The Western liberal establishment seem to be in a state of shock as to how Donald Trump managed to get himself elected as US President. One of the features of Trump's campaign which will baffle them was that he made no real attempt to pursue the idea of 'good PR', which the modern Western professional politician seems to regard as essential. PR notionally stands for 'public relations', but nowadays PR seems to have little to do with the public. In practice it tends to mean seeking good relations with the news media, particularly the left-liberal news media, and various other strangely influential organisations like NGOs. From a PR standpoint, Trump's campaign ought to have been a disaster. In trying to explain what happened, the liberal establishment seem to have now latched on to the idea that Trump must have benefited somehow from something that they call 'fake news'.
An example of the Western liberal establishment's increasing paranoia over fake news is this news story about an interview that the Apple CEO Tim Cook recently gave to the Daily Telegraph:
Cook seems to think that fake news 'is killing people's minds' and advocates that governments should launch public information campaigns to warn the public about it. He also advocates that children should be educated in schools about the issue, like he says they already have been with environmentalist ideas:
"And he said schools had to do more to educate children on how to tell the difference between reliable and unreliable news sources.
“It’s almost as if a new course is required for the modern kid, for the digital kid.”
But he said in some ways, children should be “the easiest to educate” and they could then share their increased awareness with their parents.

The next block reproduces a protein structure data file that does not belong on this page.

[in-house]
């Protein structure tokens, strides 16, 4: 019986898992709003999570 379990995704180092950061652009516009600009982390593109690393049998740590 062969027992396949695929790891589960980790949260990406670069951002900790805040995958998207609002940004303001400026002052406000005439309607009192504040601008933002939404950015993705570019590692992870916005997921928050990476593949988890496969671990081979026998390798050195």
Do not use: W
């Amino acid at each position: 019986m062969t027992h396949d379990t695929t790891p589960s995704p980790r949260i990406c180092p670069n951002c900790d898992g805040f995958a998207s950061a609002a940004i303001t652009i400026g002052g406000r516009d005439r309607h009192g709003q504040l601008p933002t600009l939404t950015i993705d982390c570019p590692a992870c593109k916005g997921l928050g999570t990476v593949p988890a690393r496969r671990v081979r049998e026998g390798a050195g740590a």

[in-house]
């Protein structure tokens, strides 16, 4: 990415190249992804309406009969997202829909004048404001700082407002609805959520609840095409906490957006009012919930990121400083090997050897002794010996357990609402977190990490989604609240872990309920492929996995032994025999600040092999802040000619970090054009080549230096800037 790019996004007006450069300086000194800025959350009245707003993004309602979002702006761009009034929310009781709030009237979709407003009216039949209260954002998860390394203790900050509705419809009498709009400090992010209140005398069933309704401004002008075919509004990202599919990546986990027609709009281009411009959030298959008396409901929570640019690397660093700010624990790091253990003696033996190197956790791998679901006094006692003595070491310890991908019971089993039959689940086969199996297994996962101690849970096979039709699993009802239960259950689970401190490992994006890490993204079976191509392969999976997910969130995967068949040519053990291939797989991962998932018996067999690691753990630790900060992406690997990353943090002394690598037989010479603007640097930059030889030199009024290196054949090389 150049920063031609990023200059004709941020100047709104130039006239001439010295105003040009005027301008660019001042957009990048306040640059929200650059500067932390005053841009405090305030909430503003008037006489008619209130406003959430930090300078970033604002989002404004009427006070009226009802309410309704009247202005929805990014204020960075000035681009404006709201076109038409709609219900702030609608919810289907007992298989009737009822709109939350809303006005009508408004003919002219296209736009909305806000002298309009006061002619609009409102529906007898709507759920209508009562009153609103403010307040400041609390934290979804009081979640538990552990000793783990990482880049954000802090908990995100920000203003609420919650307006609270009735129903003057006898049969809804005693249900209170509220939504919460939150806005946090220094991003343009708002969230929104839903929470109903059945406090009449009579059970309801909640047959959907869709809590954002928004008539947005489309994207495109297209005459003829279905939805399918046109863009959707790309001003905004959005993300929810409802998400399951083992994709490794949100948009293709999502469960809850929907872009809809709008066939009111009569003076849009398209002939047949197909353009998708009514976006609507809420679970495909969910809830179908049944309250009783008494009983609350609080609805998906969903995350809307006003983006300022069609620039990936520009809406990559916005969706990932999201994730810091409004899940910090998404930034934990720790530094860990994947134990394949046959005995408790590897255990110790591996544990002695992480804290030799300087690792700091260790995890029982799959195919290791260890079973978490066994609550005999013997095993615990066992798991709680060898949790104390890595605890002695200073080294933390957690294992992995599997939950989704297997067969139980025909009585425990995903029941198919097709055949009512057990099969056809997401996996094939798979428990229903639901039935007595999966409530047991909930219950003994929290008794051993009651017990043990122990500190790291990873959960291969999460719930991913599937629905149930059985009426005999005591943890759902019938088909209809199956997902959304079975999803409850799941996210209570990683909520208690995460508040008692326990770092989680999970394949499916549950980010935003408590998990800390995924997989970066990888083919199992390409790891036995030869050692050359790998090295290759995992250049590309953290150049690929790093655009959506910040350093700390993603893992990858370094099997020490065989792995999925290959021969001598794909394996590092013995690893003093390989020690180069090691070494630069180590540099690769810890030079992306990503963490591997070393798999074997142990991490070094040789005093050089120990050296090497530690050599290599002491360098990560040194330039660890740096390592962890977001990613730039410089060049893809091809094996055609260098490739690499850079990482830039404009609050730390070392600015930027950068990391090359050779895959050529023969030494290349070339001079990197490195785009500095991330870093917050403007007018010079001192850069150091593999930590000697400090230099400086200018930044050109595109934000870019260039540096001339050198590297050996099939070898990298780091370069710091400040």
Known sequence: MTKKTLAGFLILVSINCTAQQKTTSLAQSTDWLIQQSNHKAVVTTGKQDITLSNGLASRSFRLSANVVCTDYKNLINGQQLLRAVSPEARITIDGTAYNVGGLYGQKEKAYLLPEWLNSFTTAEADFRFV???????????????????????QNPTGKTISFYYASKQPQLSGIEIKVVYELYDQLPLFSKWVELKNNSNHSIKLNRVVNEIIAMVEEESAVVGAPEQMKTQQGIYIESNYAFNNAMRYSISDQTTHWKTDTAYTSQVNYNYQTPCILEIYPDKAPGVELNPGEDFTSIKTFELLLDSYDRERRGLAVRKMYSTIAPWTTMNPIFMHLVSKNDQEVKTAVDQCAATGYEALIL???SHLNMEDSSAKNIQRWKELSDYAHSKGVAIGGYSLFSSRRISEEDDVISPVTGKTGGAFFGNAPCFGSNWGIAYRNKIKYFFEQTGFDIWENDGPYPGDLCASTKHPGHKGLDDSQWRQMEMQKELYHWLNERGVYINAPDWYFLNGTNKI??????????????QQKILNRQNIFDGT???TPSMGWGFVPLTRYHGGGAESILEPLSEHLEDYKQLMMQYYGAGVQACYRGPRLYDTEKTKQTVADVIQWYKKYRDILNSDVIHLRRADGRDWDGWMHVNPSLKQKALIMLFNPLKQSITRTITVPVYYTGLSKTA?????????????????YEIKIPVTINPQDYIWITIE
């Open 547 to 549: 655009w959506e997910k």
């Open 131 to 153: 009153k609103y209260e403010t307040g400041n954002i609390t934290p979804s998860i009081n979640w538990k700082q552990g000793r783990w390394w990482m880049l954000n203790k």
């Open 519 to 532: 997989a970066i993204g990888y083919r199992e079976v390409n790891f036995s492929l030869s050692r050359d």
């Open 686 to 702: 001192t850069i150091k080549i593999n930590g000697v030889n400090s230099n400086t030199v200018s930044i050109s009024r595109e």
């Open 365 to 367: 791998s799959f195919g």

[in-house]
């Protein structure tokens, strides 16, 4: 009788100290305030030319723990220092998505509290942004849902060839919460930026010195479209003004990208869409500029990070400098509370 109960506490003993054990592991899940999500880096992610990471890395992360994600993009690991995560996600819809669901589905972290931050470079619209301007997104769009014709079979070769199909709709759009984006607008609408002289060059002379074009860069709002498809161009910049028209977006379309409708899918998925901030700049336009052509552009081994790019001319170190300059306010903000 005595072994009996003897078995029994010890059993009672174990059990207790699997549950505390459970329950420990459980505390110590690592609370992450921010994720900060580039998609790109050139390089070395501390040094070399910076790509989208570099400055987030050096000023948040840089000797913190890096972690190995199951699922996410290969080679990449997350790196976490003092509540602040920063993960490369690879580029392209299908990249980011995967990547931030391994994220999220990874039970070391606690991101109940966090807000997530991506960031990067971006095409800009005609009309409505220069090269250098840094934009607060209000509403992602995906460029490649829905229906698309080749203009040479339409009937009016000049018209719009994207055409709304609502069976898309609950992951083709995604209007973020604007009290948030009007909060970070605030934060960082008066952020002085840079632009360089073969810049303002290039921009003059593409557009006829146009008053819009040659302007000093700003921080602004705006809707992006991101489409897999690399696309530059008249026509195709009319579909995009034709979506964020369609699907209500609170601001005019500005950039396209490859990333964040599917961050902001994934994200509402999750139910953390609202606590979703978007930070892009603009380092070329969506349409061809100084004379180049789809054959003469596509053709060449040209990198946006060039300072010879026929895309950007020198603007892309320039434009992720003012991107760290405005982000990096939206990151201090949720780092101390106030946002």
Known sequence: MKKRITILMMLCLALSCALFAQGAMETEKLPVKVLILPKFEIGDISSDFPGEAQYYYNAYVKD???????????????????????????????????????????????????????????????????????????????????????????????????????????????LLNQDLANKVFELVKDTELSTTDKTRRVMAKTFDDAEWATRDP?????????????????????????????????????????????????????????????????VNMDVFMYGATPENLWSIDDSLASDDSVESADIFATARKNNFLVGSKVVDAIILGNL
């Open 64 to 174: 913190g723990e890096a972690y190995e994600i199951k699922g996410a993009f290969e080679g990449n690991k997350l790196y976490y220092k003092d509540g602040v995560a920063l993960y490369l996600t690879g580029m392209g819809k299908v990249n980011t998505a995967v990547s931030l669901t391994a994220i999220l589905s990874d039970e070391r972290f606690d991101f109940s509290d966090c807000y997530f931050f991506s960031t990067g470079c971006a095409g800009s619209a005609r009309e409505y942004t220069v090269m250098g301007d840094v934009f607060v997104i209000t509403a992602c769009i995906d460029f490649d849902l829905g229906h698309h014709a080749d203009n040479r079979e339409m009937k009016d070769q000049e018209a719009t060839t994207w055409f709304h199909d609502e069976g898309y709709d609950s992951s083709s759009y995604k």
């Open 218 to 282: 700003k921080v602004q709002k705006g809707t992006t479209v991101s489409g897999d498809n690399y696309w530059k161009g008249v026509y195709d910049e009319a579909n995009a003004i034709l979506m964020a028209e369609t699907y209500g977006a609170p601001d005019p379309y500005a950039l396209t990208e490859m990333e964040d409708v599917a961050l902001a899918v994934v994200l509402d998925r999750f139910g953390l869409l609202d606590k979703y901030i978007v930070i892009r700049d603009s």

“We saw this with environmental issues: kids learning at school and coming home and saying, 'Why do you have this plastic bottle? Why are you throwing it away?' ”"
To me, environmental journalism is to a large extent a long-running example of this fake news that Cook is talking about, but of course he would fail to see that.
We can get some idea of the likely direction that Silicon Valley tech companies would try to move things in regarding fake news from the activities of Wikipedia in this area. Cook is talking about 'unreliable news sources', and for Wikipedia that tends to mean politically right-leaning news sources. This link provides a list of news sources that are currently regarded as 'unreliable' by Wikipedia, and editors are asked to avoid using the sources as references in Wikipedia articles:
‘Sites that may appear to be reliable sources for Wikipedia, but aren’t’: Examiner.com, Articlesnatch.com, The Onion, The Daily Currant, The Lapine, Newslo.com, Politicalo.com
Scholarly journals ‘to be used with extreme caution’: Journal of American Physicians and Surgeons, Rivista di Biologia, Medical Hypotheses, Energy & Environment, Medical Veritas, Mankind Quarterly, Creation Research Society Quarterly
I've added the Daily Mail and Mail on Sunday to the list of unreliable tabloid news sources in the above list. The Daily Mail (and probably the Mail on Sunday as well, as it operates from the dailymail.co.uk website) got banned by Wikipedia last week, probably in retaliation for the recent David Rose articles on climate change which suggest that NOAA is a rather corrupt organisation. Ironically the most famous British 'fake news' newspapers, the Sunday Sport and the Daily Sport, are not in the list, along with the Daily Star. The Daily Mirror is also in the list, despite it being a left-leaning newspaper (it was the only national newspaper that used to support the old version of the UK's Labour party, 'Old Labour'), but I suspect its inclusion might be related to British graduate lefties never really liking it for being 'sexist' (it used to feature photos of topless models for quite a few years, as part of an effort to compete with the Sun newspaper).